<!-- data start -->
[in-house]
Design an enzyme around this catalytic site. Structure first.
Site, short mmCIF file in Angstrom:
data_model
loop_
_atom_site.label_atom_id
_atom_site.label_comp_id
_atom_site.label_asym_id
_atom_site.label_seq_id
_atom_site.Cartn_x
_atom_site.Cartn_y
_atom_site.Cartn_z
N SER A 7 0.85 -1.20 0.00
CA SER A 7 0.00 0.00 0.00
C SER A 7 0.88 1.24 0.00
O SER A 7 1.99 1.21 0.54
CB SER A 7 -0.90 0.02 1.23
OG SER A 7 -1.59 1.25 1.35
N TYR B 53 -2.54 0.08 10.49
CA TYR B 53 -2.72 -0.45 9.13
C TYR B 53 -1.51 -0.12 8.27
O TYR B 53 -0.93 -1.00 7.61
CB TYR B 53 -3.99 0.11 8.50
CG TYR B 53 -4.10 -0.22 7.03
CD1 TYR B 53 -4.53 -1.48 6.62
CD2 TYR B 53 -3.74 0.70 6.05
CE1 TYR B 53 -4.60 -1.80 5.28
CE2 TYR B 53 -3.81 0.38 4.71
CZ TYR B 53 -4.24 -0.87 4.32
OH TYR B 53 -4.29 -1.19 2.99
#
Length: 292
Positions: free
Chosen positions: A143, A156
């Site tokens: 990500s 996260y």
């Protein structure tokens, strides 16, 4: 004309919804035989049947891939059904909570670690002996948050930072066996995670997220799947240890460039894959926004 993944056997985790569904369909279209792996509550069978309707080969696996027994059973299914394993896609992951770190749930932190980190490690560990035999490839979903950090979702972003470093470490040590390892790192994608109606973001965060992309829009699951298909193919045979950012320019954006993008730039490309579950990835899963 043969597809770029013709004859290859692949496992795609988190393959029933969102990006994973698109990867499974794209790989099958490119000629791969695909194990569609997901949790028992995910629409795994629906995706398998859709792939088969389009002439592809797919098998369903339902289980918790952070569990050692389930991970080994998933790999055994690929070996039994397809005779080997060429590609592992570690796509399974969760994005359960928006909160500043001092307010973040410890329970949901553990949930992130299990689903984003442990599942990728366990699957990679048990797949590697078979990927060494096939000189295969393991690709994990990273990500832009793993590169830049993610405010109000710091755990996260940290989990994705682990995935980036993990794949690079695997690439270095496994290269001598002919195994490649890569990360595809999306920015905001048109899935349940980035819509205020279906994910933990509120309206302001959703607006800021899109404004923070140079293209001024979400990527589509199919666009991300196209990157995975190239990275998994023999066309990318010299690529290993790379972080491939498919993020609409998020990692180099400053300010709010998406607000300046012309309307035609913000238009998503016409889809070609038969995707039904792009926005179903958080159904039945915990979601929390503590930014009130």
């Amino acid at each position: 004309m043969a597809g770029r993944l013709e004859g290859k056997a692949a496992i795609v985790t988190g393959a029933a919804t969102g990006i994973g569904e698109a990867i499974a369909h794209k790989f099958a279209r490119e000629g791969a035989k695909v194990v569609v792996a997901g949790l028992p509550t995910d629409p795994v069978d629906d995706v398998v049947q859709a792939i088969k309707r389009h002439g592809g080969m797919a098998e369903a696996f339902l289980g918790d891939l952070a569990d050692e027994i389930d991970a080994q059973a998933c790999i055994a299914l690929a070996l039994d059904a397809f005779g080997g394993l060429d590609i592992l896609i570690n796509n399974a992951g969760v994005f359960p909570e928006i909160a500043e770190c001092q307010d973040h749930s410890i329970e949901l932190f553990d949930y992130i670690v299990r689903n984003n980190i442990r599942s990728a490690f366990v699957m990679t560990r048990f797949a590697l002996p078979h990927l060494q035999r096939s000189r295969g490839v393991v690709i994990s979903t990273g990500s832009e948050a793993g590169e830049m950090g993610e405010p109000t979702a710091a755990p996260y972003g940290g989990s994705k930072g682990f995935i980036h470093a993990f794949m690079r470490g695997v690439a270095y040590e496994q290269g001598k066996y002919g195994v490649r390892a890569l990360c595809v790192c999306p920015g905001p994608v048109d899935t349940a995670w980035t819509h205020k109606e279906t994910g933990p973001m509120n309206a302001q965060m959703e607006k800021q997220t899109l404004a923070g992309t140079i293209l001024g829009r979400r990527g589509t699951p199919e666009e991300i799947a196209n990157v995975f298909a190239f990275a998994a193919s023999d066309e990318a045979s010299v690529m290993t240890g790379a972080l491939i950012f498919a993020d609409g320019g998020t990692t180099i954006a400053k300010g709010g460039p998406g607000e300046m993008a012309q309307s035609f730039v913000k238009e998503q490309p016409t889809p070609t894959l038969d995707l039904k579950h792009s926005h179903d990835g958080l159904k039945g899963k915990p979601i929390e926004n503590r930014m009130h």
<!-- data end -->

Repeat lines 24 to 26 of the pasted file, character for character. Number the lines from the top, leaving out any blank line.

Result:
CG TYR B 53 -4.10 -0.22 7.03
CD1 TYR B 53 -4.53 -1.48 6.62
CD2 TYR B 53 -3.74 0.70 6.05